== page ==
I recently sat down in the centre of Prague’s old town labyrinth to enjoy a coffee with Gabriel, as well as have a chat about life in Prague, and also to talk about his latest role in the provocative LGBT rights film PUT[IN]LOVE. Talking to the handsome and extremely easy-going young man was an absolute pleasure, and throughout the interview I found myself asking the same question over and over; “How can he possibly be the bad guy?”

PUT[IN]LOVE is a new short film which premiered to the masses of the internet on Valentine’s Day. The film explores gender identity issues in modern day Russia and forces us to delve into a day in the troubled world of main character Zhenya. Directed by Greek-born Eirini Karamanoli and written by her sister, PUT[IN]LOVE is a short film that will have you thinking for a long time.

Thanks for meeting me today Gabriel, let’s start by talking about PUT[IN]LOVE… What’s it all about and how did you get involved with it?

I liked the idea of this project, it’s all about fighting for freedom. In our countries, Russia and maybe also Kazakhstan – it’s all about discrimination. There is a lot of aggression and violence towards the LGBT community. I hope people who watch the film will start to think about the situation more. A small percentage of people in Russia will be affected by this… There will definitely be support and understanding from Europe and the USA, but not so much from Russia.

As for getting involved, I saw the post advertising auditions on Facebook from the Prague Film and Theatre Centre (PFTC). And my audition went well, I think. The director Eirini said it went well anyway (laughs). She was actually scared, I was shouting a lot!

Who did you play in the film?

In this film I play a homophobe. A very aggressive man with a typical Russian thug mentality – he doesn’t respect people who are different. It was hard for me to recognise myself when I saw my facial expressions on the monitors! I look very scary and I’m always chewing gum which makes it more intense.


Photo: Gabriel Cohen

How do you feel about being the antagonist of the film? Have you played one before?

No, I had never played anything like this before. But when I was younger I did jiu-jitsu and also karate until I was about 21, so you could say that I know about the art of fighting (laughs). I also did some cage fighting at one point and THAT was intense. So, the physical preparation was already there, but to do the emotions was really something special. My character in this film is basically the leader of the pack, he likes to sit back and watch the violence happen – it’s very psychological.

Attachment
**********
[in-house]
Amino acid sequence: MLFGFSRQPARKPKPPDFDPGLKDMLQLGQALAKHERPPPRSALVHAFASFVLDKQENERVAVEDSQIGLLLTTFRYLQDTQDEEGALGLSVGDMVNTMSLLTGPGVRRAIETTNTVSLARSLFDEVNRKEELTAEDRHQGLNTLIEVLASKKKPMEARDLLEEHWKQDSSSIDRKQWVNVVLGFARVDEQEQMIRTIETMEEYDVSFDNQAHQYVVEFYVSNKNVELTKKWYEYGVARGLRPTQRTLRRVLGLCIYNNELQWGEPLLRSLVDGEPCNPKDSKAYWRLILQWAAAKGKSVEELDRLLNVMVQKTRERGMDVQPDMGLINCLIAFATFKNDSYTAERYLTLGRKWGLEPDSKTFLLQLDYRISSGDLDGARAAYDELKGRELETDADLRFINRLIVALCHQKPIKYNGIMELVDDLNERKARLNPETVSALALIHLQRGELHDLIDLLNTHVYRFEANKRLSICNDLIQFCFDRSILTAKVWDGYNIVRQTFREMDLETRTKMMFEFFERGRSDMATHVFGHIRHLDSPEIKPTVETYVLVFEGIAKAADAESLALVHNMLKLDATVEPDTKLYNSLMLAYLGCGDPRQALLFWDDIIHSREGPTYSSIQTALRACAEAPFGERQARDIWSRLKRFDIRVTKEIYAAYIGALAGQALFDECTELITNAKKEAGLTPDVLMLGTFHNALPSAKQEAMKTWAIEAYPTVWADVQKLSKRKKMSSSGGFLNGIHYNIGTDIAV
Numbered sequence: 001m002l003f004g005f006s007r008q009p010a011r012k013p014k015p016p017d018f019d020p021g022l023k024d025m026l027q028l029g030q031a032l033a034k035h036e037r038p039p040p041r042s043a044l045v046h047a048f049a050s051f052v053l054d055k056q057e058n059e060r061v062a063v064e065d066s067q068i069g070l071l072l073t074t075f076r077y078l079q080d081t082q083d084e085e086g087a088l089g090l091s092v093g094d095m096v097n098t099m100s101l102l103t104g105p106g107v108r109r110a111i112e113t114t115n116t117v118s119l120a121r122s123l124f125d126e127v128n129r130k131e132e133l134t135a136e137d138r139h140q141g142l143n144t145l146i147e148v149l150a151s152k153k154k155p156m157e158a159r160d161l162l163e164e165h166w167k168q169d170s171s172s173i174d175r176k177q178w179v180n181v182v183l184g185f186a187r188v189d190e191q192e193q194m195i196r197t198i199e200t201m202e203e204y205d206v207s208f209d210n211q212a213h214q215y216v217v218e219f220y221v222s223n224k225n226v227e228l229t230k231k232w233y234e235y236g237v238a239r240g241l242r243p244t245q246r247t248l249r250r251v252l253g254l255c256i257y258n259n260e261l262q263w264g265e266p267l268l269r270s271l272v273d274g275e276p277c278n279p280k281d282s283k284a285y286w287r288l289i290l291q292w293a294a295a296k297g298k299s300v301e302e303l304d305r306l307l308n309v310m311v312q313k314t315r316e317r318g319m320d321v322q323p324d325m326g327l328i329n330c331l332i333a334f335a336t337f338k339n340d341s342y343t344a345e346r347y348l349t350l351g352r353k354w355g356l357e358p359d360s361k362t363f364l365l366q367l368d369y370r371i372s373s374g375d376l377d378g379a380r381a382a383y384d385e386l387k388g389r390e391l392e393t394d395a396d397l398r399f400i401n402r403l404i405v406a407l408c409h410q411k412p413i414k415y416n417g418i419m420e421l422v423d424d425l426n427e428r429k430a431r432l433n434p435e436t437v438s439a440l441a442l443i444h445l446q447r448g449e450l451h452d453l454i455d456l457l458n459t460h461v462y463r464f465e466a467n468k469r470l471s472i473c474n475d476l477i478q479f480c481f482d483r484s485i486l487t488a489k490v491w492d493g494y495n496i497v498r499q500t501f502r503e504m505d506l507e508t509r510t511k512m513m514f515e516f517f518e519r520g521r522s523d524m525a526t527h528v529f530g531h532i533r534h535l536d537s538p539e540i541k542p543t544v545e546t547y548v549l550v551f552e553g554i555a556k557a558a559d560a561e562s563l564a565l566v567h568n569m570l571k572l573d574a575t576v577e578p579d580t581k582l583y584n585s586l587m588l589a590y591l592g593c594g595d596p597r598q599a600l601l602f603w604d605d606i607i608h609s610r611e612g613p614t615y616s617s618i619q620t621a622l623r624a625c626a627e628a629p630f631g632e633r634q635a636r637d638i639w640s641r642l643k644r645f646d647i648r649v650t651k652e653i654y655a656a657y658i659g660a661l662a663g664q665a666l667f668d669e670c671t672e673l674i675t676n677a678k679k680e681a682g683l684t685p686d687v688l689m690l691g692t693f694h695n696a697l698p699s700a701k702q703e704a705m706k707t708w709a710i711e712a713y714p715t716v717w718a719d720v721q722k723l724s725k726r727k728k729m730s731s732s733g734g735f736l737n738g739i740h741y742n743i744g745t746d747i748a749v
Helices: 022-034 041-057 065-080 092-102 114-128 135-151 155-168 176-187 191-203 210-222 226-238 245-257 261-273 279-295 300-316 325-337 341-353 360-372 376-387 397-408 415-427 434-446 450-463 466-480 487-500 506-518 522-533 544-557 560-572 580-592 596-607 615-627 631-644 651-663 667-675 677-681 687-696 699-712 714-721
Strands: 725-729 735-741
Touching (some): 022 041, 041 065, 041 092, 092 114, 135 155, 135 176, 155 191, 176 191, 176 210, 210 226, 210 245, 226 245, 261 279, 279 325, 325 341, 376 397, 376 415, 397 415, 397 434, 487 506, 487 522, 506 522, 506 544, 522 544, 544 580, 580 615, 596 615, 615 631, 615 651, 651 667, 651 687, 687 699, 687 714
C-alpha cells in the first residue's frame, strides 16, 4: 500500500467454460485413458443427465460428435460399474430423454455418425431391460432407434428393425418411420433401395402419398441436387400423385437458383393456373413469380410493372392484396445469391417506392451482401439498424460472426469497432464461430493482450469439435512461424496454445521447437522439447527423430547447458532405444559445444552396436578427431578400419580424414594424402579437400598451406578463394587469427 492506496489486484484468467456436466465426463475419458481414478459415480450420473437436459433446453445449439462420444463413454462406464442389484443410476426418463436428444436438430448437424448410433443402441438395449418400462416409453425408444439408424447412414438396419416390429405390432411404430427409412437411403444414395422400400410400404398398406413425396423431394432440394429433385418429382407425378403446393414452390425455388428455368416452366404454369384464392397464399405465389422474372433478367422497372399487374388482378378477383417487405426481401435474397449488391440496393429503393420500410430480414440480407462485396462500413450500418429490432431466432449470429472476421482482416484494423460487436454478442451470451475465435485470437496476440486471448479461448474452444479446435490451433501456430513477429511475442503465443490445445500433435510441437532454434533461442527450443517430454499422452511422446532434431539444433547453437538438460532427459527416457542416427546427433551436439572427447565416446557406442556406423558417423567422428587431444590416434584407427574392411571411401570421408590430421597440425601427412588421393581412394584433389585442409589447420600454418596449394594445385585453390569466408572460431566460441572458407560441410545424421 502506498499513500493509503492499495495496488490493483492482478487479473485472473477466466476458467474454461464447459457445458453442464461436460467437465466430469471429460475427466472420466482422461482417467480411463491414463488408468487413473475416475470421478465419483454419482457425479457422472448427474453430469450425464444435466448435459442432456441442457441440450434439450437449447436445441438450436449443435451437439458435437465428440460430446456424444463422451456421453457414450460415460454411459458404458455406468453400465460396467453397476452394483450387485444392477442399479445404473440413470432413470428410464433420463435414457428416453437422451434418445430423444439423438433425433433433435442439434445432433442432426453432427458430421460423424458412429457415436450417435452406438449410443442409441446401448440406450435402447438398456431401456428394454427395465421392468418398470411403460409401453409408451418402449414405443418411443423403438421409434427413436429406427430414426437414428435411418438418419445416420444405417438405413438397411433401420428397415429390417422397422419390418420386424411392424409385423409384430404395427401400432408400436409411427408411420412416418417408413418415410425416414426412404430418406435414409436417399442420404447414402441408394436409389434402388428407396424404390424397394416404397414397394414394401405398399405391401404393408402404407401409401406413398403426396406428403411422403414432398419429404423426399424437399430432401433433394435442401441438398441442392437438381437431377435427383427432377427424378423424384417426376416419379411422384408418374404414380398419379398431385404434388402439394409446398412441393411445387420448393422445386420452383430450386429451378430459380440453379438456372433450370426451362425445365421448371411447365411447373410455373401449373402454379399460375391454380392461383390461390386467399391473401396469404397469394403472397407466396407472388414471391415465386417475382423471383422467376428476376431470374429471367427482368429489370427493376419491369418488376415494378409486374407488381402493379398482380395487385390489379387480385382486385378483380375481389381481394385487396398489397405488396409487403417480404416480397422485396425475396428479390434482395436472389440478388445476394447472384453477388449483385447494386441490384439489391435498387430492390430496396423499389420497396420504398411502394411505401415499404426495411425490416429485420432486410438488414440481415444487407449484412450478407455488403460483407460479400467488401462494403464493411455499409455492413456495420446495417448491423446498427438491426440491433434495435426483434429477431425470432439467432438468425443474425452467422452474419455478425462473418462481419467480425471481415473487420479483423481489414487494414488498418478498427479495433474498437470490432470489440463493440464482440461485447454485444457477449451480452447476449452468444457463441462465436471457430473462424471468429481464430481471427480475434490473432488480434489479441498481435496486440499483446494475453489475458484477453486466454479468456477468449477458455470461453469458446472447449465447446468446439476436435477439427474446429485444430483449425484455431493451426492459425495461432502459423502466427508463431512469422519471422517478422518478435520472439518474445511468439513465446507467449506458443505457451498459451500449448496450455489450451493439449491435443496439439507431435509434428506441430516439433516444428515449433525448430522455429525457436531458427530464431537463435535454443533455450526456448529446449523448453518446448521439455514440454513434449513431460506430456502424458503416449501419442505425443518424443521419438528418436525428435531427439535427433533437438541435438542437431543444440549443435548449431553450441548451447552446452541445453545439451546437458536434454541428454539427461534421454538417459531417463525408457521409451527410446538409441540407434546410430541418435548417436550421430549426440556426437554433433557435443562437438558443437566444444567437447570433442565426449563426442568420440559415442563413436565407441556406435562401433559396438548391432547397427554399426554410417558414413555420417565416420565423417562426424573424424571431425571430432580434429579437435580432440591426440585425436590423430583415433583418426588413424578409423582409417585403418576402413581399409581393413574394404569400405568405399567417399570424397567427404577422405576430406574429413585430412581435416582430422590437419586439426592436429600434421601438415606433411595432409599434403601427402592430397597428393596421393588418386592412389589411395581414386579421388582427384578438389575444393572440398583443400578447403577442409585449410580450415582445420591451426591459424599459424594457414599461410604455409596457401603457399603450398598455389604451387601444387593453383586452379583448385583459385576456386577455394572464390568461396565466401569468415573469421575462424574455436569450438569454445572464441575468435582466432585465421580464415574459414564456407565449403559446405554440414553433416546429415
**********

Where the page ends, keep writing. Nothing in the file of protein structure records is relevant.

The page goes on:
How has the film personally affected you? Have you ever been the victim?

Yes, I have. Especially in Kazakhstan when I was younger. Not only was I fighting for sport, but I also had some problems in the streets. But this project has definitely brought in some new emotions. I’ve always believed in fighting for freedom.


Photo: Gabriel Cohen

And what about the Winter Olympics? Are you boycotting them?

I don’t want to watch it. I like sport, but these games are very political, there are a lot of problems. And I really don’t care for politics.

Ok, and Why Prague? Was it acting that brought you here?

No, originally I came here to study at Charles University. I am currently studying theology and really love it. Right now I’m writing about the Jewish Kabbalah. I’ve always been interested in art, so in Prague I now do a few things. I act, I also do modeling even though I’m short (laughs), and I am also a singer-songwriter trying to bring my soul out through my lyrics.

That’s interesting, what do you sing about?

Everything, it’s all very personal though. I think the most important thing with expressing yourself is to go into the smaller details of things. Everything must be written down in my songs! Even the stars in my morning coffee!


Photo: Gabriel Cohen

And what are you currently working on? Where can we expect to see you in the future?

I’d really like to concentrate on songwriting, but actually I’m starting work on a short horror film next week too. I read the script yesterday and it’s about digging!

Digging? (laughs)

Yes, and I will be the main “digger” …the bad guy again (laughs).

For more information on PUTIN[IN]LOVE, check out their Facebook. Also be sure to keep updated on Gabriel’s music through Soundcloud.

New Beginnings…

This new blog is dedicated to thoughts, stories and opinions of the weird and wonderful people of Prague. Whether they be travellers, expats or locals, I aim to find the inner crazy and interesting in everyone.

What follows it not only a collection of interviews with these remarkable story tellers, but also articles and opinion pieces of things that I find unique about the Czech capital.


Since this is all just beginning, I’m always interested in meeting and talking to new people for inspiring news and stories. Feel free to like, comment, share and suggest. RK